Travel through the milestones of Russian Romanticism with maestro Dmitri Jurowski as your knowledgeable guide. Glinka, Mussorgsky, Rimsky-Korsakov and Tchaikovsky: four great Russian masters and opera composers from the 19th century combined in a single programme!
A distinctive Russian voice in the music of the 19th century was not determined by the degree to which one's own folklore claimed pride of place, but rather by the merging of influences from Russian folk music with techniques and forms from Western musical art. Mikhail Glinka and Pyotr Ilyich Tchaikovsky were two composers who excelled in this original blend and who brought Russian music to worldwide fame. In this concert, put together by maestro Dmitri Jurowski, they share the stage with Modest Mussorgsky who, in comparison with his colleagues, had a stronger focus on Russian folk music. Nikolai Rimsky-Korsakov, Russia's most brilliant symphonic composer from the Romantic tradition, is represented with his own orchestration of Modest Mussorgsky’s Boris Godunov, performed by the Russian bass Alexey Tikhomirov. Last season he touched the hearts of many an opera-goer with his unforgettable performance as Dosifei in Khovanshchina (Mussorgsky).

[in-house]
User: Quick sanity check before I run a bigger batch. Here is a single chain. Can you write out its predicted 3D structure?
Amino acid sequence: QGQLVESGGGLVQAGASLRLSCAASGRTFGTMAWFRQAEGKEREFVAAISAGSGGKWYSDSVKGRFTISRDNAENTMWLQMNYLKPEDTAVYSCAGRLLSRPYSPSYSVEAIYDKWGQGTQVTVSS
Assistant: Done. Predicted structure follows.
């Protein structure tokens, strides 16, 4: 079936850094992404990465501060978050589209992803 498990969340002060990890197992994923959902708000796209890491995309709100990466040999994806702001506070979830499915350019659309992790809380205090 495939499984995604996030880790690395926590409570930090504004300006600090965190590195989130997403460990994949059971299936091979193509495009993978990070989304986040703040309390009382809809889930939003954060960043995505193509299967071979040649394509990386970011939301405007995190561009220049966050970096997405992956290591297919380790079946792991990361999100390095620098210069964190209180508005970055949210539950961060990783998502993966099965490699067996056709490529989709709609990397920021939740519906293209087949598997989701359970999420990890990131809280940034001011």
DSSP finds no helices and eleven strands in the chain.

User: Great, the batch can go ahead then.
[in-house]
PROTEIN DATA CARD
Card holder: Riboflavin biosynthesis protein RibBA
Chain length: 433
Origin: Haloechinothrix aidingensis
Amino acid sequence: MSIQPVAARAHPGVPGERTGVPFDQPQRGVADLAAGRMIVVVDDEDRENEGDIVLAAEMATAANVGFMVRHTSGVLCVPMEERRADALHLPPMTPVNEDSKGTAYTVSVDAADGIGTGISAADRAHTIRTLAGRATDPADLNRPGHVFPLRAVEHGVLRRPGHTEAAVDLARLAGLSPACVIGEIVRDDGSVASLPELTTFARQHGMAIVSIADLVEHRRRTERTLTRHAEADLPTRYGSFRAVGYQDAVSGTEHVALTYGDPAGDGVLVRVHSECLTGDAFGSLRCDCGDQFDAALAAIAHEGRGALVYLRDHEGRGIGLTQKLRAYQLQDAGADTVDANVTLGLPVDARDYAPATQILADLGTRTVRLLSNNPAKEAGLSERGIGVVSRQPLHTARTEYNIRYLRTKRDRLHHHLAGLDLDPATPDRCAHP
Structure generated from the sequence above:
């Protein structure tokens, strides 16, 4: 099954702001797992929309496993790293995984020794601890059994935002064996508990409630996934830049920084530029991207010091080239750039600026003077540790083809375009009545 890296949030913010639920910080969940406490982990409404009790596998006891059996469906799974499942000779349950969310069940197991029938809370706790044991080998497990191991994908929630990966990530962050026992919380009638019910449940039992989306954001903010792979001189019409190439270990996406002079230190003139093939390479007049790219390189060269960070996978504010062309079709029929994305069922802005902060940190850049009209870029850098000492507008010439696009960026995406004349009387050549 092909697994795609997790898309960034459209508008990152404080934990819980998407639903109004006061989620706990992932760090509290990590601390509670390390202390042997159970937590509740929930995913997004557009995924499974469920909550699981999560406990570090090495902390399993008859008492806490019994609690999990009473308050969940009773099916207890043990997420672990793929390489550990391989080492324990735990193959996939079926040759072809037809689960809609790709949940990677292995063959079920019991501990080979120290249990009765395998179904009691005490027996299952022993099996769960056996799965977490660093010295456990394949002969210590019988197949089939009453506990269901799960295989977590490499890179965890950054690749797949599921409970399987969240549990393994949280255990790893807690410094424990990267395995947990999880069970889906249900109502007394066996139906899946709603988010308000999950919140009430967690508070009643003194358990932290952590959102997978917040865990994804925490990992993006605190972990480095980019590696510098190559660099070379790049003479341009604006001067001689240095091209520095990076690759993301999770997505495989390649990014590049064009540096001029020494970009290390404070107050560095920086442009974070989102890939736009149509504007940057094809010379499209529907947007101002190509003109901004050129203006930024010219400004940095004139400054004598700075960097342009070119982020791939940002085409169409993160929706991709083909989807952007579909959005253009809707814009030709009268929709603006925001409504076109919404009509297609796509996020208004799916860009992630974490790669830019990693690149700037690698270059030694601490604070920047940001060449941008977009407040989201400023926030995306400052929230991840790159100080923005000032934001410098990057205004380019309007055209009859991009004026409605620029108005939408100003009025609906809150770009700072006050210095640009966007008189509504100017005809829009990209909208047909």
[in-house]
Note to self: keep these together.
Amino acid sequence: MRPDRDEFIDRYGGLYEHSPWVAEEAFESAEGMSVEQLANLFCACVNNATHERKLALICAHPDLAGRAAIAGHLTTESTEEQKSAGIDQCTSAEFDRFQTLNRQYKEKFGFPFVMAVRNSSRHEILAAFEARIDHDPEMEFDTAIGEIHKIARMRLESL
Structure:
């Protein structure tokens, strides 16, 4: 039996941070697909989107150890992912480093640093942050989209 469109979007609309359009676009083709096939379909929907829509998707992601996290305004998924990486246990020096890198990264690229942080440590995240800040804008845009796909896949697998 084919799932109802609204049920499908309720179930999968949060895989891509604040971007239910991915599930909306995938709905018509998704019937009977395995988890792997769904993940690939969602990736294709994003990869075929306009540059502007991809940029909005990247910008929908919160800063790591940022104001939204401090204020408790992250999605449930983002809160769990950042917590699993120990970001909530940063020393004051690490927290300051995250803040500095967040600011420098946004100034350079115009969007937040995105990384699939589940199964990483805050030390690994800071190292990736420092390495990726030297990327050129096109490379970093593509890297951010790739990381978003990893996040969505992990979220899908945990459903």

Tchaikovsky's Symphony No. 5 in E minor, opus 64, is typical of the free approach that Russian composers took to the Western musical tradition. This particular Symphony may be marked by a recurring ‘fate motif’, but we are still far removed from the finely wrought symphonic form as practised by Beethoven. Tchaikovsky asserts himself as a born lyricist, combining a multitude of conflicting emotions in a virtuoso orchestral palette. It is he who, by selecting a waltz as intermezzo, gives a place to ballet music in the symphonic form.